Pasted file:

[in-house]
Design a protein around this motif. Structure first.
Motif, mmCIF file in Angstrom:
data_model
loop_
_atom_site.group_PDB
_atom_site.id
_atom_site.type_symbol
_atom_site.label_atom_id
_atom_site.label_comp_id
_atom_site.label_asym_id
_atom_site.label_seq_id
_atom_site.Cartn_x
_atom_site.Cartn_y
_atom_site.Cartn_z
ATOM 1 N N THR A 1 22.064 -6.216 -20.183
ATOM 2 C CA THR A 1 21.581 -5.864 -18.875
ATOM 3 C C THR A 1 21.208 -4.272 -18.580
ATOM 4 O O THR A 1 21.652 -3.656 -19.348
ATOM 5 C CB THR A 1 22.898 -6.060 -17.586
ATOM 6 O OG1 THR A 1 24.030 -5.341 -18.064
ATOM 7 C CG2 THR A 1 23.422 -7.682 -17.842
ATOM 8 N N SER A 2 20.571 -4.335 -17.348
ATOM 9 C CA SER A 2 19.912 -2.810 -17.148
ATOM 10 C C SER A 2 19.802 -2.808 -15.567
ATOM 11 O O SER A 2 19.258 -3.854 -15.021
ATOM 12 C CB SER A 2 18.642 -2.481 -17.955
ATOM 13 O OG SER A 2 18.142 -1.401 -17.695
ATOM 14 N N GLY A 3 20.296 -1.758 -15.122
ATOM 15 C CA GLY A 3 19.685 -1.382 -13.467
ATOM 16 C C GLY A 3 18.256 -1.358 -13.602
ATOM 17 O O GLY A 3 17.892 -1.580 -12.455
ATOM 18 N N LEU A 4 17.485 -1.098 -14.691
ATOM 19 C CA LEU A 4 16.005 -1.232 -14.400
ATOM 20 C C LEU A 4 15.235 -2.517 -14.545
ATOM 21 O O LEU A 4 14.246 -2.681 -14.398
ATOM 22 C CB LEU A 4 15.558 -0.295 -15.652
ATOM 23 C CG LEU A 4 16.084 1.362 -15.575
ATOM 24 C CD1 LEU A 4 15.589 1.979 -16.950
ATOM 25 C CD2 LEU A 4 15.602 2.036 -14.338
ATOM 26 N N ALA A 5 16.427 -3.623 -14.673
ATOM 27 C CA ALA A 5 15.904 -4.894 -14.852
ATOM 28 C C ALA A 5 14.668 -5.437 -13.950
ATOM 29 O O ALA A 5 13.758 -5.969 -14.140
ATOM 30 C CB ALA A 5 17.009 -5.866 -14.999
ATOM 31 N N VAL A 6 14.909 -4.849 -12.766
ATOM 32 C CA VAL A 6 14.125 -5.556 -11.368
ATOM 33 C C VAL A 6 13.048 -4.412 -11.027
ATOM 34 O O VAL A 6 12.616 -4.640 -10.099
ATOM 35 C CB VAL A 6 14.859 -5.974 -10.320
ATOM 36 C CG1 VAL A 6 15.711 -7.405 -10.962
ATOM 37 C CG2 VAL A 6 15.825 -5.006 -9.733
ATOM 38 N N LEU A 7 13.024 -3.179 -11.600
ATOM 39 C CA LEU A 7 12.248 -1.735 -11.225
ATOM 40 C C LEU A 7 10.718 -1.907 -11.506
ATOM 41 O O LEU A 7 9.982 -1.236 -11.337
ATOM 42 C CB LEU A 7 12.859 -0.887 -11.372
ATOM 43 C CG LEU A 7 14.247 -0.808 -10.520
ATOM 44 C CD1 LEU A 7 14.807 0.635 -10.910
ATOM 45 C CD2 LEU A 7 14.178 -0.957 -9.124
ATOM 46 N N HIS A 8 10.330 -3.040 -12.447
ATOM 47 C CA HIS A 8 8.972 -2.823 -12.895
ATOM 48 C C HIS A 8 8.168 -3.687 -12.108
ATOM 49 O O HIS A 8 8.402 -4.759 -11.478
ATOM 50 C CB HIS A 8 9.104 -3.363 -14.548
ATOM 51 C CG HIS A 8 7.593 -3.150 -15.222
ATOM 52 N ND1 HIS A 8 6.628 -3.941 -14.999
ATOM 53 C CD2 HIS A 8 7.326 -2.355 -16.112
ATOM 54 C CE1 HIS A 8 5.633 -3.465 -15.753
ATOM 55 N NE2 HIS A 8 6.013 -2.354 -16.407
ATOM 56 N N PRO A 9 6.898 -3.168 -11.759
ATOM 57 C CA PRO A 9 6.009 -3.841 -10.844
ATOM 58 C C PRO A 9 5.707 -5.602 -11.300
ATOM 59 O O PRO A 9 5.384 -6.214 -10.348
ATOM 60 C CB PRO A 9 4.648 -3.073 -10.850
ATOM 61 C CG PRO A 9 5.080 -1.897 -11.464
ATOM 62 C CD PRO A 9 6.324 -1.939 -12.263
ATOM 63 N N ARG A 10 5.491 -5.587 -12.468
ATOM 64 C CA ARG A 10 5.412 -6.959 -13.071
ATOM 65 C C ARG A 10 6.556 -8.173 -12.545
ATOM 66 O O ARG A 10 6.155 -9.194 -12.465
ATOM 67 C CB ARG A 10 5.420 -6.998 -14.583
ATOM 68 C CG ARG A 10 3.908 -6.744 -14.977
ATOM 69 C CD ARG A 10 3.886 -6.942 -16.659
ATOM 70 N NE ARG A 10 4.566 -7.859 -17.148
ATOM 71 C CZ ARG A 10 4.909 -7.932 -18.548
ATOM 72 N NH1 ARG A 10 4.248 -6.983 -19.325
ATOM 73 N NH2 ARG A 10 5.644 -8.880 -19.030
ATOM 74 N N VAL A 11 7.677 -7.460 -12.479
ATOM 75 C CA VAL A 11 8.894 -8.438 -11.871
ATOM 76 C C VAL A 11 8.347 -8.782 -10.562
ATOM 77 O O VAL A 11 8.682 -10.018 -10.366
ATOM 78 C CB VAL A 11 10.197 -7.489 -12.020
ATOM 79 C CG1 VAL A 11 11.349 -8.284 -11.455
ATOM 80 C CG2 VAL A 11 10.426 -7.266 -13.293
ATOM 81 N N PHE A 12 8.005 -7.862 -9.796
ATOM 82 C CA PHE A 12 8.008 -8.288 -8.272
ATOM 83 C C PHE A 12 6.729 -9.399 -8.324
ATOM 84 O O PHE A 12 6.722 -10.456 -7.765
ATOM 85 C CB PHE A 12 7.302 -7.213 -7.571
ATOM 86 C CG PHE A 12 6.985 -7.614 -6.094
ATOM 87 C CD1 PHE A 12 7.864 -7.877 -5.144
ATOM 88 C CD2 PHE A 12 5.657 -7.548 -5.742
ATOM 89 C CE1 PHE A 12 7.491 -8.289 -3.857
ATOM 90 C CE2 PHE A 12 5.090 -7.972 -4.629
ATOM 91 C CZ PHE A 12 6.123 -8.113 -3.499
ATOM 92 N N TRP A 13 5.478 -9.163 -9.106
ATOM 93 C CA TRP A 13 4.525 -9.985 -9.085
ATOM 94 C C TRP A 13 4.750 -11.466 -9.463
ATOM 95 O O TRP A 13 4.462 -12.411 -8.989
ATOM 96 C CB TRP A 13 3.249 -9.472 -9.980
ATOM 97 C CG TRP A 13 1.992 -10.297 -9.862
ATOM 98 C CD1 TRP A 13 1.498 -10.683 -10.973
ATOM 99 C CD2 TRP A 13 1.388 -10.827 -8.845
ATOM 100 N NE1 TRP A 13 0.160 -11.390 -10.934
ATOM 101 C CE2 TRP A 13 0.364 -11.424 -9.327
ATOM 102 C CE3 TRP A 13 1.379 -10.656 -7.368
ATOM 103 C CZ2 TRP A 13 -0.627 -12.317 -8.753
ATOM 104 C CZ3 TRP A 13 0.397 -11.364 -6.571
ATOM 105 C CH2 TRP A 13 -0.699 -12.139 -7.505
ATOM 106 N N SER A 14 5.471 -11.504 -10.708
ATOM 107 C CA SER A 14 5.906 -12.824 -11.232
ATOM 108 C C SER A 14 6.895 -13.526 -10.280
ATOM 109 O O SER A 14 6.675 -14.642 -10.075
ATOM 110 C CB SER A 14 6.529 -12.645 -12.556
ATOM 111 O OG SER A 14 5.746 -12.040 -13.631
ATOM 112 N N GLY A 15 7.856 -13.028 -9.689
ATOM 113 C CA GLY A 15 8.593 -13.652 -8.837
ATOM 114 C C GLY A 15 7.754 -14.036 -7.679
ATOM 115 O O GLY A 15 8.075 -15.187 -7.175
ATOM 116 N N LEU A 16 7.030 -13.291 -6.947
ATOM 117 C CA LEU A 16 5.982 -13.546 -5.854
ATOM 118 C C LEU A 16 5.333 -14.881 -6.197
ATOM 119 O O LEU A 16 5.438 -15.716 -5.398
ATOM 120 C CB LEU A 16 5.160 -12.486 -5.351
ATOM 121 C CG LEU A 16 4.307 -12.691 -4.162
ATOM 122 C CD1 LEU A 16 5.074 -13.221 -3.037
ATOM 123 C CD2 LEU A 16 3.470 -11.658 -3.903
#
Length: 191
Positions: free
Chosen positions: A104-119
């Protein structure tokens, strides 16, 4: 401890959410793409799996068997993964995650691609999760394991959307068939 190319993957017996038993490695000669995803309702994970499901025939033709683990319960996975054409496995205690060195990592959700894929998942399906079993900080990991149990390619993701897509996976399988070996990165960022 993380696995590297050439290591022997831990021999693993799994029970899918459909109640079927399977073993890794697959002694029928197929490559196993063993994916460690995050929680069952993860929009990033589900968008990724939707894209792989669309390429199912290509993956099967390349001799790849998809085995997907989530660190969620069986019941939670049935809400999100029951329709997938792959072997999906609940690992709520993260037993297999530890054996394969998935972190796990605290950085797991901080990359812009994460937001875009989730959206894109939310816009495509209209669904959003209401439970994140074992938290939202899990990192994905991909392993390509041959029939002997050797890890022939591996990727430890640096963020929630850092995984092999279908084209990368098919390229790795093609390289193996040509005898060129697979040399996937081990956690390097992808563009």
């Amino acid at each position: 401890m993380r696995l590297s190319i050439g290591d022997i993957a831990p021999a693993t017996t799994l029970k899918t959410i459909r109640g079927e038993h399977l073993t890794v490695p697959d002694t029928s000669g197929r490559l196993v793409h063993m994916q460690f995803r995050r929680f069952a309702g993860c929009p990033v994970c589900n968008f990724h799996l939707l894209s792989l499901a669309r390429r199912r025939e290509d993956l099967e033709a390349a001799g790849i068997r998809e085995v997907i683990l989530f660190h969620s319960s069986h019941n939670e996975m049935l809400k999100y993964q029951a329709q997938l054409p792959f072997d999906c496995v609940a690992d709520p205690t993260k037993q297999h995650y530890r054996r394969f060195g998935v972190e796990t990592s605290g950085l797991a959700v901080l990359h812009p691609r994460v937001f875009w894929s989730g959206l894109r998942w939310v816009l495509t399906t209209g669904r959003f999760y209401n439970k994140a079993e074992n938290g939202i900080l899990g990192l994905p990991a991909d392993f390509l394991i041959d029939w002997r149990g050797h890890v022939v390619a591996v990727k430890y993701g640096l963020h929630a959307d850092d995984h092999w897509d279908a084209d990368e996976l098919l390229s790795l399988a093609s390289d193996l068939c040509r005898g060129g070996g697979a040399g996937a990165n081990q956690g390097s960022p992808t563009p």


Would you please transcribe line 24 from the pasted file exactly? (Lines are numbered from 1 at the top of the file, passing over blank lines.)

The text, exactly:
ATOM 9 C CA SER A 2 19.912 -2.810 -17.148